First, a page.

Awakening the human potential for inspiring sustainable, impactful, solutions.
October 27th-29th 2017
Omni Charlottesville Hotel, Charlottesville, Virginia
Recovery Action Focus Track
Recovery from Addiction
with Barnett Gilmer and Debbie Trent
Is Addiction Destroying Your Life? Or the Life of Someone you Love?
Recovery doesn’t have to be:
- White-knuckling your way to staying sober.
- Carrying the label of addict for the rest of your life.
- Living in constant fear of relapse.
- Difficult and painful.
Recovery can be:
- Discovering the innermost core of your health and learning that it can be trusted.
- Living at peace with yourself and your world.
- Knowing – even when the world looks dark and gloomy and nothing seems right – that the darkness will pass and the sun shines behind the clouds.
- Easy and joyful.
Our society has searched for decades to find ways to help people recover from addiction. Many of those methods have been punitive and painful. Success rates have been low.
Recovery can be joyful, a process of healing both for the individual and for the entire family. Recovery comes from an inside-out understanding of life.
This track offers you the opportunity to discuss this inside-out recovery process with individuals who have used it to find their personal recovery. You can also explore with a mother how she maintained her own health and stability as she waited for her child to discover his.
Join us if you would like to participate in open, honest and engaging exchange about introducing this life altering recovery alternative in your community, in your family or in your life. No previously knowledge about the Three Principles is required.
I have a passion for helping people improve their lives and I have exercised that passion in the treatment and recovery industry. And while I have worked in outstanding facilities, I felt there was room for improvement… so I opened my own with the focus on the “guest.”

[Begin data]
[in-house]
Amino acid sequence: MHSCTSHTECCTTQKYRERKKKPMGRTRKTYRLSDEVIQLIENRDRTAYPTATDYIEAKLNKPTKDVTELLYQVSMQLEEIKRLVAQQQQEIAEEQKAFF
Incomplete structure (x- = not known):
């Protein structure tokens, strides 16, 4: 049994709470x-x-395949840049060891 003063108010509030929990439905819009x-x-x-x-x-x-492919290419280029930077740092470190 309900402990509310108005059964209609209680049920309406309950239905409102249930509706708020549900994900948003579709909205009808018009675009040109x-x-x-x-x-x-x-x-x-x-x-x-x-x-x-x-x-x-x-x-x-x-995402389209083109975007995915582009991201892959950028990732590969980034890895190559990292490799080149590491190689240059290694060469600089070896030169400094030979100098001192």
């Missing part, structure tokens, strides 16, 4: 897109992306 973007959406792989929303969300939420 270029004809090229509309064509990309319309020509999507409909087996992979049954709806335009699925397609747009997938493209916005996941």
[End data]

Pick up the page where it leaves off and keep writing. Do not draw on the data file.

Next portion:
While working in other treatment facilities, I found inconsistencies (staff and counselors not “walking the walk,” preferential treatment, etc.) that adversely affected those who were seeking help. I found that handling the “details” such as atmosphere, food, cleanliness of facility, treating people with dignity and respect and a staff having a caring attitude was almost as important as the program. If the “guest” is not treated with dignity and importance; how do they build it in themselves?
I made a decision to build a treatment facility I could be proud to own and worked hard to move the idea from a concept to a reality. First, I acquired my master’s degree in health care administration emphasizing residential substance abuse treatment. I then worked with a team of doctors, psychologists, licensed mental health counselors and former clients to create it. Our top priority when developing our program and treatment center was the “guest.” We focused on giving each guest the best possible chance of recovery.
I applied my observations & learning’s to my facility: Gulf Breeze Recovery. I knew we could create a better way. While we are very proud of our facility and get great grades from our guests, we consistently take an inward look at ourselves and our program to assure we avoid complacency and are always working to improve.
Debbie Trent has a Master’s Degree and an Education Specialist Degree in Counseling from Marshall University Graduate College. She is a Licensed Mental Health Counselor.
A native West Virginian, Debbie’s work included community based substance abuse prevention efforts, community mental health services, adjunct faculty at Southern West Virginia Community and Technical College, and Marshall University Graduate College, as well as her private practice called New Attitude.
After moving to Florida in 2006, Debbie became executive director at Cypress Initiative, Inc., a non-profit organization in Tampa offering trainings in correctional settings, for businesses and organizations, and in the community. She left that position to again go into private practice.
Debbie joined Gulf Breeze Recovery as their first full-time therapist, and later accepted the position of Clinical Director. What she loves most is helping people understand that they can have peace, happiness and contentment despite past or current life stressors.
Debbie and her husband Guy live in Gulf Breeze, Florida. They have one daughter Leona, a physician assistant in Dunedin, FL.
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